Serious Vulnerability in All in One SEO Pack Plugin and earlier

There is a serious stored cross site scripting (XSS) vulnerability in All in One SEO Pack Plugin versions and older. This plugin is installed on over 1 million active websites and is extremely popular and widely used.

The vulnerability allows an attacker to send a malicious HTTP User-Agent or Referrer header to the site containing an XSS payload. If the administrator then visits their admin panel and views the “Bad Bot Blocker” settings page in this plugin, the attacker can take full control of their site.

This vulnerability is only exploitable on sites that have the “Track Blocked Bots” setting enabled. This setting is not enabled by default. We do not have definitive data to indicate how many users of the plugin have enabled this feature. However, this plugin is extremely popular:

  • All in One SEO Pack has been downloaded over 28 million times (this includes upgrades)
  • It has been around for over 9 years
  • It is one of the most downloaded WordPress plugins. Contrary to its claim of being the most downloaded WordPress plugin, Akismet, Yoast SEO and Contact Form 7 have more downloads.

This attack has a CVSS score of 8.8 (High), however due to the extremely wide-spread use of the All in One SEO Pack plugin, we are adding this additional advisory: Wordfence rates this vulnerability as very serious because it is useful to an attacker and widely exploitable. 

If as few as 10% of sites have the feature enabled, assuming an install base of 5 million active sites, that creates 500,000 vulnerable sites.

What to do

Wordfence Premium customers are already protected against exploitation of this vulnerability. We released a firewall rule to our premium customers early this morning which blocks this exploit. Our free customers will receive the rule on August 12th.

If you are using the free version of Wordfence or are not using Wordfence at all, you will need to immediately upgrade to All in One SEO Pack Plugin version 2.3.7 which contains the fix for this security issue.

Additional Details

This vulnerability was discovered by David Vaartjes and you can find the full technical details of the vulnerability on his site. Congratulations David, from the Wordfence team, on unearthing this serious issue.

A proof of concept has been published on exploit-db, which means this attack is already in the wild.

All in One SEO Pack is made by Semper Fi Web Design.

This story has received coverage in the past few hours from The RegisterWP Tavern, and is on the IDG News Service which includes and PCWorld.


We encourage you to share this post with the larger WordPress community to create awareness of this security issue.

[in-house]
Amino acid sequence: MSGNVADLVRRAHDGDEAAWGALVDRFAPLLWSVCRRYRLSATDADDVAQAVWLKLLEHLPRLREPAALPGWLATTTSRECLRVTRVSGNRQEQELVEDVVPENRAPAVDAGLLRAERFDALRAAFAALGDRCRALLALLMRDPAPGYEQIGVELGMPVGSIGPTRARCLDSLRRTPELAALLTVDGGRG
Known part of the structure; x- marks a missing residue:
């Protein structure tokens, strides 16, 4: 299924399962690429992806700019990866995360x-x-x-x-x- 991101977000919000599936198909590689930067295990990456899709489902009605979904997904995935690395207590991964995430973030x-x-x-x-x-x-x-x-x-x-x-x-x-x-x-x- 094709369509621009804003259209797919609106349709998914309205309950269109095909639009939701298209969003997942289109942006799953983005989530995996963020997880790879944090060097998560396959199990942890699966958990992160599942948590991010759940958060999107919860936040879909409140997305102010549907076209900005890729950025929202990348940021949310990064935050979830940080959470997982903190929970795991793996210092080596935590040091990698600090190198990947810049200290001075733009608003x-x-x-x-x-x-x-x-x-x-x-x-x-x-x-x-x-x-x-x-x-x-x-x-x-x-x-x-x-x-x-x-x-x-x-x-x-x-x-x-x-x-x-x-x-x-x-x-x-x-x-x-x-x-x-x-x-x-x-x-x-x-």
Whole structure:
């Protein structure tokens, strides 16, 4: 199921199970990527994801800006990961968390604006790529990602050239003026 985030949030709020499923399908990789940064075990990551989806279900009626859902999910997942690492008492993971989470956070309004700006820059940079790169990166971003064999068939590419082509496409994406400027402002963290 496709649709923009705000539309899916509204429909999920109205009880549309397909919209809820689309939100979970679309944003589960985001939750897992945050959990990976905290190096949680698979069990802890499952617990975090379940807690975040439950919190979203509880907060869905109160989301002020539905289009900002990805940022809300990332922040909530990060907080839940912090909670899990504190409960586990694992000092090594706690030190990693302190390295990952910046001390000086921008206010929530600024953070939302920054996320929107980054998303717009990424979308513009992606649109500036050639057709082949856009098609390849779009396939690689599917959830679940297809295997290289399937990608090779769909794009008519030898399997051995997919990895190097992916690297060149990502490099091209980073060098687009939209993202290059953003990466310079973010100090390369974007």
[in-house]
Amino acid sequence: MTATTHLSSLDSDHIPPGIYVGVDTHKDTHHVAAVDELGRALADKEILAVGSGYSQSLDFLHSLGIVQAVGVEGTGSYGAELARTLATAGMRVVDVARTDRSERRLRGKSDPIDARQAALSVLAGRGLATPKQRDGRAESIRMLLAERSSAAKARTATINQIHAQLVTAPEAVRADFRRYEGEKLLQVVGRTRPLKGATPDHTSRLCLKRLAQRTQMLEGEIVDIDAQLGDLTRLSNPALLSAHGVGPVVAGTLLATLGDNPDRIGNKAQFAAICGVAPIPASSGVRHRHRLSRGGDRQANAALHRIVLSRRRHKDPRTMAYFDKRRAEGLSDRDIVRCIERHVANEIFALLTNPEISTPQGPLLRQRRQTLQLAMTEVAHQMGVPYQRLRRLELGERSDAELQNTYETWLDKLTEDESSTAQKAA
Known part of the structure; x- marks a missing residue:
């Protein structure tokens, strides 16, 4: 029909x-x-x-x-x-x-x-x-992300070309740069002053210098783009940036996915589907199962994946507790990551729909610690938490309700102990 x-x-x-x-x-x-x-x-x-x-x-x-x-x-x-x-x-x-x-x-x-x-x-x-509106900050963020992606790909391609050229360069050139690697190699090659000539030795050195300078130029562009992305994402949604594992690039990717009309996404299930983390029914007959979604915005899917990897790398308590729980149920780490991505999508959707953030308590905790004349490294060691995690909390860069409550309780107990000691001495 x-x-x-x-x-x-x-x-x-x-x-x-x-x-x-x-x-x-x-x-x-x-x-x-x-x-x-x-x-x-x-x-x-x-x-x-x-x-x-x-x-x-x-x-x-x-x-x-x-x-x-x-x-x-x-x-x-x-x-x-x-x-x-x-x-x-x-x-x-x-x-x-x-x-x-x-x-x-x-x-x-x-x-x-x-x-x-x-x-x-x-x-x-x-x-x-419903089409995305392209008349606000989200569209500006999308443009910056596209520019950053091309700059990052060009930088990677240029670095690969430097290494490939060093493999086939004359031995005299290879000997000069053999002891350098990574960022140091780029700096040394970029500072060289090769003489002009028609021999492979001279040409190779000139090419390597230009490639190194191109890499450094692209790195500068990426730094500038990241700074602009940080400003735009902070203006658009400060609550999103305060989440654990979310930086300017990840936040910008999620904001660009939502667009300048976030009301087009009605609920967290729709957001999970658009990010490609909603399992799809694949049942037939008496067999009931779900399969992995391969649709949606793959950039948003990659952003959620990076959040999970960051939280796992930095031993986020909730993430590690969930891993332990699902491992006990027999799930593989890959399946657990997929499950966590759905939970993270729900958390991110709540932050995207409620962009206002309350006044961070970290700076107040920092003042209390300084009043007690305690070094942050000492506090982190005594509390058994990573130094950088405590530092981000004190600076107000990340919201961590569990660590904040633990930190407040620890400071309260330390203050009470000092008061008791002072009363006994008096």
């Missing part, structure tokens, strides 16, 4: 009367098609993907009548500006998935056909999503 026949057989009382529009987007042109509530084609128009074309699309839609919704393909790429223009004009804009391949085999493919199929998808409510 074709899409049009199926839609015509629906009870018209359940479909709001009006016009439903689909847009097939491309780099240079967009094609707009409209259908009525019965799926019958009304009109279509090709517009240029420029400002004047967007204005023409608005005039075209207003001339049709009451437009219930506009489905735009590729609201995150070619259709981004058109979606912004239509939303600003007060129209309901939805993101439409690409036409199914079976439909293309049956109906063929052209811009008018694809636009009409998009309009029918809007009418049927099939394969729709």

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  • Just had to say "Thanks!" again for your reliable service. How any site owner today can think about operating without WordFence is beyond me. Keep up the great work.

  • By sheer coincidence I've only just deleted this plugin from my site due to a weird glitch where it kept changing the title of my site as shown at the top of my browser window to the title of one of my products, so this issue doesn't concern me, but it's good to know that my Premium Wordfence's firewall would have protected me anyway. I still need to install a new SEO plugin, but at least I have a top quality security plugin to protect my site from other vulnerabilities that may appear in other plugins from time to time.

    • Hi Hughankers,

      We'd be happy to help you figure out the issue. It sounds like it could be a settings/configuration issue or conflict with another plugin or theme, but if it's a bug we'd love to fix that too.

  • I'm seeing that the Bad Bot Blocker module was introduced in the pro version 2.3.7. Does this vulnerability affect both free and pro versions of the plugin? From what I can tell it only affects pro users who have the module activated and "Track Blocked Bots" set, but would you please confirm?

  • Please disregard my previous post. The "Block Bad Bots" module is available to be activated on the free version as well.

  • It seems the plug-in has been updated (2.3.8), with credits to WordFence.

  • Updated. Thanks a ton guys, you are AWESOME!

  • We want to thank Wordfence for their responsible reporting. As noted above, a release was issued immediately for the above issue (2.3.7) which we believe would only have been able to affect .5% or less of our users. Now we've gone even further- scouring our code base for similar vulnerabilities and issuing an additional release yesterday (2.3.8) which Wordfence has verified. Now we're going all out, and having Wordfence, Sucuri and Mark Jacquith- three of the most trusted names in WordPress security independently audit us for any additional opportunities to harden our codebase. We expect to adopt those recommendations and release additional updates in the near future.

    • It's a pleasure working with you Michael.